‘Prosecution, investigation': Concern as new Turkish media law squeezes dissent
Turkey: The law, passed in parliament in October, could see reporters and social media users jailed for up to three years for spreading what is branded "fake news".
A new law gives Turkey fresh ammunition to censor the media and silence dissent ahead of elections in which President Recep Tayyip Erdogan plans to prolong his two decades in office, journalists and activists say.
Since 2014, when Erdogan became president, tens of thousands of people, from high-school teens to a former Miss Turkey have been prosecuted under a long-standing law that criminalises insulting the president.
The law, passed in parliament in October, could see reporters and social media users jailed for up to three years for spreading what is branded "fake news".
"Prosecution, investigation and threats are part of our daily life," Gokhan Bicici, editor-in-chief of Istanbul-based independent news portal dokuz8NEWS, told AFP at his news portal's headquarters on the Asian side of the Bosphorus.
"Being more careful, trying as much as possible not to be a target is the main concern of many journalists in Turkey today, including the most free ones."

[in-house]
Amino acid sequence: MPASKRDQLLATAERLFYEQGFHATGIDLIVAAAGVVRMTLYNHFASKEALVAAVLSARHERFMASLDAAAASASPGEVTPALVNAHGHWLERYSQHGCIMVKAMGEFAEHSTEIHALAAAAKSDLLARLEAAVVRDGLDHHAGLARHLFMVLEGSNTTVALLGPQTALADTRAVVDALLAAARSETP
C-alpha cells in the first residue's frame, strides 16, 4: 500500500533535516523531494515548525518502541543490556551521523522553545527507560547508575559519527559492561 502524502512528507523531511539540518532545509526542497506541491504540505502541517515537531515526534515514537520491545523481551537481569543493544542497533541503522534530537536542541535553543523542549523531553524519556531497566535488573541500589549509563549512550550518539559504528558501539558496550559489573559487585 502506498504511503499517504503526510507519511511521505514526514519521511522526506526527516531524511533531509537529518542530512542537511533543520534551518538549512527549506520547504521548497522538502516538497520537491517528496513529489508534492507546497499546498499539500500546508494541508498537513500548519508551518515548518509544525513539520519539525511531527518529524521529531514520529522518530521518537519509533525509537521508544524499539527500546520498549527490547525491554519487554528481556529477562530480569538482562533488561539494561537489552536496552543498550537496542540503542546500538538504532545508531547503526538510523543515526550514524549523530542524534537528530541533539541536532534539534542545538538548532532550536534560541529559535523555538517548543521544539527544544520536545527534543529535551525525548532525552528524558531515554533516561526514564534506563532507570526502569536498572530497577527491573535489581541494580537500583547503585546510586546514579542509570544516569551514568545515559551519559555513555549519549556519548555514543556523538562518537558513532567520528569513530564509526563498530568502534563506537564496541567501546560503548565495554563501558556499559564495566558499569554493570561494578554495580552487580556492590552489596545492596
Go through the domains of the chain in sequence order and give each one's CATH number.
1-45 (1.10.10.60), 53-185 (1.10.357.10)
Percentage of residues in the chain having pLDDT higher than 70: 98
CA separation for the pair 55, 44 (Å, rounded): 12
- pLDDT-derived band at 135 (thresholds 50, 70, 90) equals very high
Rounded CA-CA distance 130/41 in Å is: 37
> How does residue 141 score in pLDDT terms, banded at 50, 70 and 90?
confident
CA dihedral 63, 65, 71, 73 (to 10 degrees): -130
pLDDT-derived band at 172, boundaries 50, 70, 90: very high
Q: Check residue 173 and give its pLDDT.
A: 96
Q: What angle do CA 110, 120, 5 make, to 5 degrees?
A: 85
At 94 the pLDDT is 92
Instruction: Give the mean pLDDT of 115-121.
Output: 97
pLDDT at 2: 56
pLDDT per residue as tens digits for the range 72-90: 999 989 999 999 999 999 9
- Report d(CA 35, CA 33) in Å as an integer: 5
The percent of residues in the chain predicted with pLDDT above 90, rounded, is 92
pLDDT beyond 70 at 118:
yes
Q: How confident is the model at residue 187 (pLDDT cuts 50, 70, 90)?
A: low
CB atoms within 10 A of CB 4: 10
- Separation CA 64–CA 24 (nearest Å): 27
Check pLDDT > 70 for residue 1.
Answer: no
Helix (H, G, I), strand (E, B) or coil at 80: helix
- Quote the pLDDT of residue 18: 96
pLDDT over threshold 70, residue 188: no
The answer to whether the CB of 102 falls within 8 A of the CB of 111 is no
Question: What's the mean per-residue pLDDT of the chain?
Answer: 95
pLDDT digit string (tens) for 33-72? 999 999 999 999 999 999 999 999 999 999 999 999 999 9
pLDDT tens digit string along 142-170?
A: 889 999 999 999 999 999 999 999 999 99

Press advocates say the new law could allow authorities to shut down the internet, preventing the public from hearing about exiled Turkish mob boss Sedat Peker's claims about the government's alleged dirty affairs.
Or, they say, the government could restrict access to social media as they did after a November 13 bomb attack in Istanbul which killed six people and which authorities blamed on the outlawed Kurdistan Workers' Party (PKK).
Most Turkish newspapers and television channels run by allies toe the government line, but social networks and internet-based media remained largely free -- to the dismay of Erdogan.
Next June he faces his trickiest elections yet since becoming prime minister in 2003 and subsequently winning the presidency.
His ruling party's approval ratings have dropped to historic lows amid astronomical inflation and a currency crisis.